The Rainbow Never Tells Me

The Rainbow Never Tells Me


The rainbow is our reward for weathering the storm, a pathway for the messenger Isis, a bridge between Asgaard and Midgaard so gods could walk among men. In the Epic of Gilgamish it is the jeweled necklace of the Great Mother, Ishtar. It is Biblical:
“I do set my bow in the cloud, and it shall be for a token of a covenant between me and the earth.” It is inspiration for poets, writers and painters alike:

The Rainbow Never Tells Me
by Emily Dickinson
The rainbow never tells me
That gust and storm are by,
Yet is she more convincing
Than Philosophy.

My flowers turn from Forums --
Yet eloquent declare
What Cato couldn't prove me
Except the birds were here!

The Blind Girl is an interesting allegorical study of the senses that features a rainbow and how people with different circumstances might experience it:

I was sitting in the house, weathering a fierce but brief Spring storm when the sun came out. I grabbed my camera and boots and headed out to search, not for the gold but the fleeting glory that I knew was there, somewhere if I looked for it. I found it at the end of my dock. It was my reward.
Note to Francis at Maybe you have insight into the Peruvian Amuesha “The Rainbow Hurt My Skin”. šŸ™‚

Published by dunelight

14 thoughts on “The Rainbow Never Tells Me

  1. Rainbows do feel like a reward for something – perhaps just for being observant. A few months ago our entire office crowded out onto the balcony when we spotted a double rainbow – such a treat.

    1. They are our reward for weathering the storms of life. Look at me waxing poetic about the slings and arrows of daily life. I can easily imagine an office coming to a halt to enjoy the beauty.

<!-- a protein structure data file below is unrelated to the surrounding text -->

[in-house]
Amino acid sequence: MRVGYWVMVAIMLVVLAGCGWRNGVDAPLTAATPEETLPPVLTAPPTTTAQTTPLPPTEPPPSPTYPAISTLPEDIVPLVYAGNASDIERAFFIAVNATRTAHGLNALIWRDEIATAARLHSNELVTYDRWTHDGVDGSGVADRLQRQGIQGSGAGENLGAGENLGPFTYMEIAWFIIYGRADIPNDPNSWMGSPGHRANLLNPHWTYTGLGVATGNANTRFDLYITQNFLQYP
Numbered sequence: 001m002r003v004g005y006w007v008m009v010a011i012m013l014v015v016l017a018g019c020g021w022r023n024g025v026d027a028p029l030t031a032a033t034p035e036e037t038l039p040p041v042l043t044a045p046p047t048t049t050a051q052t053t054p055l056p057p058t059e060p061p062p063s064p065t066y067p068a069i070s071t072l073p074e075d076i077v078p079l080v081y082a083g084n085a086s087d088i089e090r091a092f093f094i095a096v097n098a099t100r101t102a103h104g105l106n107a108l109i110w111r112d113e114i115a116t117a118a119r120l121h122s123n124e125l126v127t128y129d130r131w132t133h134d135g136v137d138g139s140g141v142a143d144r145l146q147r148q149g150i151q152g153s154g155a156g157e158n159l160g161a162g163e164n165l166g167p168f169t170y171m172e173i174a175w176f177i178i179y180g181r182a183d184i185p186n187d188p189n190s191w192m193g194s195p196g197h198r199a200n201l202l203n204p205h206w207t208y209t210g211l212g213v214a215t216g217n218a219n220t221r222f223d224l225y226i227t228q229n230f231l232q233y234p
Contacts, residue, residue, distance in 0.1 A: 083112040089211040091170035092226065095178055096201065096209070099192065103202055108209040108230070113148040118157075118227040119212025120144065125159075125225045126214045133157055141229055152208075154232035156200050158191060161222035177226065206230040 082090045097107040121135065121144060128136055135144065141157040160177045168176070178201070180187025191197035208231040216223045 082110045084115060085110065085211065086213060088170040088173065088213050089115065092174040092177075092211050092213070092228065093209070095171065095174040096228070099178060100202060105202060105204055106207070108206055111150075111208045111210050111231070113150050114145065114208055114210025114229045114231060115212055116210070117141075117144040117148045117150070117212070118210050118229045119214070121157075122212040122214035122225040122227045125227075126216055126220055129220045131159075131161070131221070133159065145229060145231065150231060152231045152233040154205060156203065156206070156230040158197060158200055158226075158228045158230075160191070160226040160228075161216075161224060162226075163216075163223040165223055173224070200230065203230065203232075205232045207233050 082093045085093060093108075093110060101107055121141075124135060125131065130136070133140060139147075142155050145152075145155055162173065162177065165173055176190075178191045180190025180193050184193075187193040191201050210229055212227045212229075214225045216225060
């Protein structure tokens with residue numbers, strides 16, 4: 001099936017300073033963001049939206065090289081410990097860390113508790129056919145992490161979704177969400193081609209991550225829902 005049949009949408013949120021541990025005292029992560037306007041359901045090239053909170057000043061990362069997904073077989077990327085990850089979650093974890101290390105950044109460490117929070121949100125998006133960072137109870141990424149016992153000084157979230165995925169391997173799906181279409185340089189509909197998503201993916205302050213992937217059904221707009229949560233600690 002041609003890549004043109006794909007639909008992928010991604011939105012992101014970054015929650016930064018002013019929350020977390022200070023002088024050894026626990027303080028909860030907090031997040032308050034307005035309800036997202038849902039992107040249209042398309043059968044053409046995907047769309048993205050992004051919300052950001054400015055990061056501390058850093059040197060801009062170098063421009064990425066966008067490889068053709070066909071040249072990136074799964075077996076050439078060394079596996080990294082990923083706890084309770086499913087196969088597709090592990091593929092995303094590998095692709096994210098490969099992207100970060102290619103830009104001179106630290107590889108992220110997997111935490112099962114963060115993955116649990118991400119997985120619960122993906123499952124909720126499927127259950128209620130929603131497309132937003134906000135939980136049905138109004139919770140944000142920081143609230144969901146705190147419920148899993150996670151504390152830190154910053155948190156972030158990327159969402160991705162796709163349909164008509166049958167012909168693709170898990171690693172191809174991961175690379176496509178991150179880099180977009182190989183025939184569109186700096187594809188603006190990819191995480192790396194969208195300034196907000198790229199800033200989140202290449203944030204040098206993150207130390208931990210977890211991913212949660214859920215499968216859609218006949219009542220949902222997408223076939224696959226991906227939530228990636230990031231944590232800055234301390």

2. Thanks for the mention Kim, I have to admit a feeling of surprise and gratitude :-). Actually the people of jungle are like hundreds of nations with their own traditions so it was the first time I heard that expression so I couldn’t speak for them but I’ll investigate more. About our traditions in the highlands the rainbow is a minor phenomena, the apus (certain sacred hills), cochas (certain sacred lagoons or lakes) are the most venerate and in the traditions the rainbow usually is explained as son of higher forces, but it’s not good or bad except for the people in the countryside that suffers more with the nature.
    But we have an expression in the highlands similar, when somebody fall to the ground for accident that person or somebody that saw it will say “the earth is calling me/him/her” meaning like a premonition, half serious half in joke, half playful, that the tomb is closer. To some nations in the jungle the rainbow could be a bad signal because it could be related to their great amount of rains with the consequent diseases, but that’s just an idea that I’ve just thought.
    Kind regards Kim, your photograph is doubly beautiful!

    1. Thank you. I had read that in some Nations it was an omen of bad luck about to befall. Interesting how so many cultures see it as a bridge to, passage way to, message or omen from the gods. I’ve always seen it as my reward for making it through the storm. Thanks for sharing.

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